While the majority of this report has focused on the online components of cybersecurity, we have also taken our anti-fraud practices off-line with dual signatory forms, established authorized signers with the ability to make account changes, established banks on file, external auditing, and complete audit trails. By completing an annual Statement on Standards for Attestation Engagements (SSAE 18) SOC 1 Type II audit, we go one step further to ensure we are providing our clients with highly trusted administration services, operational transparency, and a commitment to a high standard of internal controls. For more information about the SSAE 18 audit, click here.

Make sure you are backing up your data both locally and off-site as frequently as possible. Having off-site backups of your data can dramatically reduce both downtime and data losses.

What You Can Do For Your Organization and Yourself

Over the next five years, the value at risk globally from direct and indirect cyberattacks is predicted to exceed $5 trillion. While this is a daunting number and no organization is ever completely safe, there are certain security measures that should be considered. 
The easiest and most cost-effective way to increase your cybersecurity efforts is to focus on and provide training to your employees. We recommend Wombat and KnowBe4 as two great services that provide on-going training and assessments for staff on a variety of cybersecurity topics. Services like these also allow you to send out simulated phishing campaigns and can serve as a teachable moment to those who fall for the scam. Where possible, equip your staff with two-factor authentication to better protect information and add a disclaimer for external emails to alert your staff to pay extra attention to the validity of the email. For more information on fraud prevention at the employee level, check out our blog “Five Ways to Protect Your Organization from Fraud.”
Along with staff training, we recommend that your organization follows the National Institute of Standards and Technology Cybersecurity Framework (NIST) that features five essential functions: identify, protect, detect, respond, and recover. This framework helps organizations focus their efforts on the protection and recovery of sensitive information via a data-centric approach to security. Often, the recovery function is overlooked, but proper data recovery can be the difference between hours, days, and weeks for organizations dealing with hacked systems. Make sure you are backing up your data both locally and off-site as frequently as possible. Having off-site backups of your data can dramatically reduce both downtime and data losses.
Use technology to reduce the rising costs associated with cybercrime wherever possible. Using comprehensive antivirus and anti-ransomware software, web browsing controls, and cloud services can increase the ability of your organization to detect and deter fraud before the heavy costs associated with responding and recovering. Between cybersecurity savvy staff members, the NIST framework, and technology, your local government will be better prepared for cybercrime in the year ahead.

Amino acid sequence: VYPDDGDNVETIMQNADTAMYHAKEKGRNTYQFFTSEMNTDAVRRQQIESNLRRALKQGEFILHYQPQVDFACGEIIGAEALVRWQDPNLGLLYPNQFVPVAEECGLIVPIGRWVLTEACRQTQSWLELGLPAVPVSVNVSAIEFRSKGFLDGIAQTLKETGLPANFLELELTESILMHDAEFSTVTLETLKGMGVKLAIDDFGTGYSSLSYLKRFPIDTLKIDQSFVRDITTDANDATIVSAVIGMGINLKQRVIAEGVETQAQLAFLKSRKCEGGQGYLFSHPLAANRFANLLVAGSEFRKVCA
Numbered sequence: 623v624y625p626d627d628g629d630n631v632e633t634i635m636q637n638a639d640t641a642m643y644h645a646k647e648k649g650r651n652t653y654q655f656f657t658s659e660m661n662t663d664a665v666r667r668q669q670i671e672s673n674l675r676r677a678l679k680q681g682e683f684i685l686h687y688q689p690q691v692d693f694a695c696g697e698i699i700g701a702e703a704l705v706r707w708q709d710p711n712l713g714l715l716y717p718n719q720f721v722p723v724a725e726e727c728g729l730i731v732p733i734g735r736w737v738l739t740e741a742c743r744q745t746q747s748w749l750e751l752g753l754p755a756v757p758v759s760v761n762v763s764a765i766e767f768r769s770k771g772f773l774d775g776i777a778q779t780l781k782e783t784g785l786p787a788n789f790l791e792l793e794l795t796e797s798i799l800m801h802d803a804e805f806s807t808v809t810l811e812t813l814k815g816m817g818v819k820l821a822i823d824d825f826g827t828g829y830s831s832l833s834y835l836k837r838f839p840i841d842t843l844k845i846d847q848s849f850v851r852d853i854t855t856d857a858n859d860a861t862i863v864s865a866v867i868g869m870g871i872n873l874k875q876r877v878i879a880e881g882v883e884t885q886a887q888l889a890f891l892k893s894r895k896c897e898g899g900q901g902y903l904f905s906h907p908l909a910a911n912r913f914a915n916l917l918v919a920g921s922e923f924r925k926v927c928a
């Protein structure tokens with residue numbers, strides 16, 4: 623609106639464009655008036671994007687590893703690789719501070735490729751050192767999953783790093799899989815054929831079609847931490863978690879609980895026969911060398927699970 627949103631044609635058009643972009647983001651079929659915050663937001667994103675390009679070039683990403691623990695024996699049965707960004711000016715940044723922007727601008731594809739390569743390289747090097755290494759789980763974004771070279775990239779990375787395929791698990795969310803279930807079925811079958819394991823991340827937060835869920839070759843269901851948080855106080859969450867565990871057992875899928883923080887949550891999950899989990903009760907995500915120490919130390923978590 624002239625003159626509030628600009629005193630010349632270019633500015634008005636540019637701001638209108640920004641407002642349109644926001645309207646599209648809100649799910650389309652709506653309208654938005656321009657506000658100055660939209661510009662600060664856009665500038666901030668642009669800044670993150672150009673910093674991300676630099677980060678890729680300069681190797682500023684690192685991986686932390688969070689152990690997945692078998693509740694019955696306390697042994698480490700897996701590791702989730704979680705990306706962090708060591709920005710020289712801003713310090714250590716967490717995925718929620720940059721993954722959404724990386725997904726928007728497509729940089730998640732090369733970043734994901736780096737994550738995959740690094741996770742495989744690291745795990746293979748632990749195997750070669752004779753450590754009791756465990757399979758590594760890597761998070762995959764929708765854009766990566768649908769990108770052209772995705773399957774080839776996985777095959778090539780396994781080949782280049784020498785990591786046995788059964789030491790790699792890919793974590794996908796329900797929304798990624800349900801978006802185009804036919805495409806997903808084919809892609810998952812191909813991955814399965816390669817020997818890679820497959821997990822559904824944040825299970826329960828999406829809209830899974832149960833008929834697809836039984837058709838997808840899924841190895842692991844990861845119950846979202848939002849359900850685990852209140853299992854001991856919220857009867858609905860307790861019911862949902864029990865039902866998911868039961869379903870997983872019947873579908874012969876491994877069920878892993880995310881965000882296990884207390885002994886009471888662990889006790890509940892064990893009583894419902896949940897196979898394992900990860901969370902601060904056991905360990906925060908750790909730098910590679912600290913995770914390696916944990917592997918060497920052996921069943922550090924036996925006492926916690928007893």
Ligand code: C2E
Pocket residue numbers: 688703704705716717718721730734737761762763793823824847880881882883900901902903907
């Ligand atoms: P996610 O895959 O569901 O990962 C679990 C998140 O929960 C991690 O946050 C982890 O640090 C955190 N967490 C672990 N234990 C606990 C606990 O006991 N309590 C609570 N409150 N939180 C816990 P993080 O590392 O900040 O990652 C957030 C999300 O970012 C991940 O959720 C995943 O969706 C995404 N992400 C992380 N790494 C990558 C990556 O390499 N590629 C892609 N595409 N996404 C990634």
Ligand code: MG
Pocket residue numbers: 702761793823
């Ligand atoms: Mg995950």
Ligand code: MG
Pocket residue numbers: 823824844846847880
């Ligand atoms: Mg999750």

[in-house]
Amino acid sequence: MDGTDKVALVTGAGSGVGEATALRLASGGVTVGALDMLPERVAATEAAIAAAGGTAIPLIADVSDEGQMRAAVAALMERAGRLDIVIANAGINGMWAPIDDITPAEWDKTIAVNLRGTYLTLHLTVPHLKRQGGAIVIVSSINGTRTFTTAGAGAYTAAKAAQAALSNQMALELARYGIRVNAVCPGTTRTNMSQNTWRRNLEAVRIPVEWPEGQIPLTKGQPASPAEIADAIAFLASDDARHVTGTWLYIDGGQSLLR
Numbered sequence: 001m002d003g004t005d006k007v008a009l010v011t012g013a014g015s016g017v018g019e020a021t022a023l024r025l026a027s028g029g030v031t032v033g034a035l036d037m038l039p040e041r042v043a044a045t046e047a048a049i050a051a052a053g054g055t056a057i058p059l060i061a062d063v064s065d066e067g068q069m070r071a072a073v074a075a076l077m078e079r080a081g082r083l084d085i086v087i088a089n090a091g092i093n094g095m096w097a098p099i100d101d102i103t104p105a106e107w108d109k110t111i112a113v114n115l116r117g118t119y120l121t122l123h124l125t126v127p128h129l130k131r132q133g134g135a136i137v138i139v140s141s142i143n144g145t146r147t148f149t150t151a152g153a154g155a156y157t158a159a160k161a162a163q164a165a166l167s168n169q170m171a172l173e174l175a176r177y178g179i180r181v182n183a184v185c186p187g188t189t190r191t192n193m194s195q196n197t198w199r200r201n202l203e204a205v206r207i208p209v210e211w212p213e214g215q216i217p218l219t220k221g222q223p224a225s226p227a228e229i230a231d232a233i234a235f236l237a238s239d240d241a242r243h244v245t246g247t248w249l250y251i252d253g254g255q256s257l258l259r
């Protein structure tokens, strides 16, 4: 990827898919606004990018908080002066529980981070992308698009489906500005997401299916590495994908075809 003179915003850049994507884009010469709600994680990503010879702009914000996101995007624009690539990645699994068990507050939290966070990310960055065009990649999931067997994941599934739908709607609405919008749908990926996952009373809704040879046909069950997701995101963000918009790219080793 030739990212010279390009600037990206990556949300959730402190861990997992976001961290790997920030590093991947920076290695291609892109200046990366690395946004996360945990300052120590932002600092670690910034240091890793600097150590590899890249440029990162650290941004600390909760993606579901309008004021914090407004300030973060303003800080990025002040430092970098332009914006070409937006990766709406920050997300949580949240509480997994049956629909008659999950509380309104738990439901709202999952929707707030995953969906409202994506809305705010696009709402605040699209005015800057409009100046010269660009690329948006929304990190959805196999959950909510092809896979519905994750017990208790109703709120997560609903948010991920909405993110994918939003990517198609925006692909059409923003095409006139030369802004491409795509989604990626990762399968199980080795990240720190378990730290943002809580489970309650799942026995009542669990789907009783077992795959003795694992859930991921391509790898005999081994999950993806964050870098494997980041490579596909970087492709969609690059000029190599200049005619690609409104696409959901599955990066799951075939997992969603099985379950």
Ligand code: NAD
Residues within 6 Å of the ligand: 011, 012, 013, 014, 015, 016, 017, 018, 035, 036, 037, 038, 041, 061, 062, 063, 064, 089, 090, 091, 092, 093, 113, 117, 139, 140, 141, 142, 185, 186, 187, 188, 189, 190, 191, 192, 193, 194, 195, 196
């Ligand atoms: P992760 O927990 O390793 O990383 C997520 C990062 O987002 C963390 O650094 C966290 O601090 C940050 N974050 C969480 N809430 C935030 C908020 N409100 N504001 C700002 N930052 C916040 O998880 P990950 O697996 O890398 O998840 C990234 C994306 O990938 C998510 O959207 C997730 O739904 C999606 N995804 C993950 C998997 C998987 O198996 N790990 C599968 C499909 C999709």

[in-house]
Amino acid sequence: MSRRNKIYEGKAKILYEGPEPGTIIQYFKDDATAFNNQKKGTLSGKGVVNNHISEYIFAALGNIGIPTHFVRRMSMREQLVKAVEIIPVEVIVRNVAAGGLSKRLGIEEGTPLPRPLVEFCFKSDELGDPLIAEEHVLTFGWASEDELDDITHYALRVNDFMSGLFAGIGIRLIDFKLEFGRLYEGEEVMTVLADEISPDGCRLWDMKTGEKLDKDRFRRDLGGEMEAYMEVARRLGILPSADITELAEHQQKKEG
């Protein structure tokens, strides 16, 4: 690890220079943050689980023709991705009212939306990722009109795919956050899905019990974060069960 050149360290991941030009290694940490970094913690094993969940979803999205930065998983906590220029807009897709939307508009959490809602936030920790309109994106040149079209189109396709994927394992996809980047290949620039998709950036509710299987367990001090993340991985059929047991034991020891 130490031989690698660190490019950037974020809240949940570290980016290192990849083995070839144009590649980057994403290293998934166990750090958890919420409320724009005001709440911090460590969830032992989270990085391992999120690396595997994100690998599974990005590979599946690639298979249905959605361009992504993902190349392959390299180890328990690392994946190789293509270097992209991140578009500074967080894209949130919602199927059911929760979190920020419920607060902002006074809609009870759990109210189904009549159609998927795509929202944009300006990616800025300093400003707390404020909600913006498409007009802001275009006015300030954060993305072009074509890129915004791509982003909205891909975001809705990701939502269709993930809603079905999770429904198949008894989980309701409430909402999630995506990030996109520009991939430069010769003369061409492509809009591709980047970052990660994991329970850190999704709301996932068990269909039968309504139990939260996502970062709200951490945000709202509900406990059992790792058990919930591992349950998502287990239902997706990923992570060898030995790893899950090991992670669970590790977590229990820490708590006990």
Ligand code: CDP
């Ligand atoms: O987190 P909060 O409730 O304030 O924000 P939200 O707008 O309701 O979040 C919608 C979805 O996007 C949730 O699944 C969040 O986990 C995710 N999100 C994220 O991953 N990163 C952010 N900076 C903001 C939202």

Six Big Takeaways:

  1. The average annual cost of cybercrime for a single organization exceeds $10 million dollars and is increasing every year. This cost includes ransomware payments, cybersecurity insurance, enhanced infastructure, network monitoring, and more.
  2. Hackers are using more sophisticated and advanced techniques to try and gather information about you, your organization, and your clients. 
  3. Back up your data as frequently as possible and in more than one location. We recommend backing up locally and off-site as often as daily. 
  4. Use technology to your advantage wherever possible. This includes two-factor authentication, password protection software, external email disclaimers, web browsing controls, and more. 
  5. Make your staff your first line of defense against phishing and other hacking attempts. Provide regular and ongoing training that includes simulated phishing campaigns. 
  6. The value at risk globally from direct and indirect cyberattacks is predicted to exceed $5 trillion. Being prepared before an attack can be a million-dollar difference for your organization!
Accenture Security (2019). Ninth Annual Cost of Cybercrime Study Unlocking the Value of Improved Cybersecurity Protection. Retrieved from
Broadwater, Luke (2019, August 28). Baltimore transfers $6 million to pay for ransomware attack; city considers insurance against hacks. Baltimore Sun.     Retrieved from
Calvert, Scott (2019, October 16). Baltimore to buy $20 million in insurance in case of another cyber attack. The Wall Street Journal. Retrieved from
Kim, Allen (2019, October 8). In the last 10 months, 140 local governments, police stations and hospitals have been held hostage by ransomware attacks.    CNN Business. Retrieved from
The information presented should not be used in making any investment decisions and is not a recommendation to buy, sell, implement, or change any securities or investment strategy, function, or process. Any financial and/or investment decision should be made only after considerable research, consideration, and involvement with an experienced professional engaged for the specific purpose. All comments and discussion presented are purely based on opinion and assumptions, not fact. These assumptions may or may not be correct based on foreseen and unforeseen events.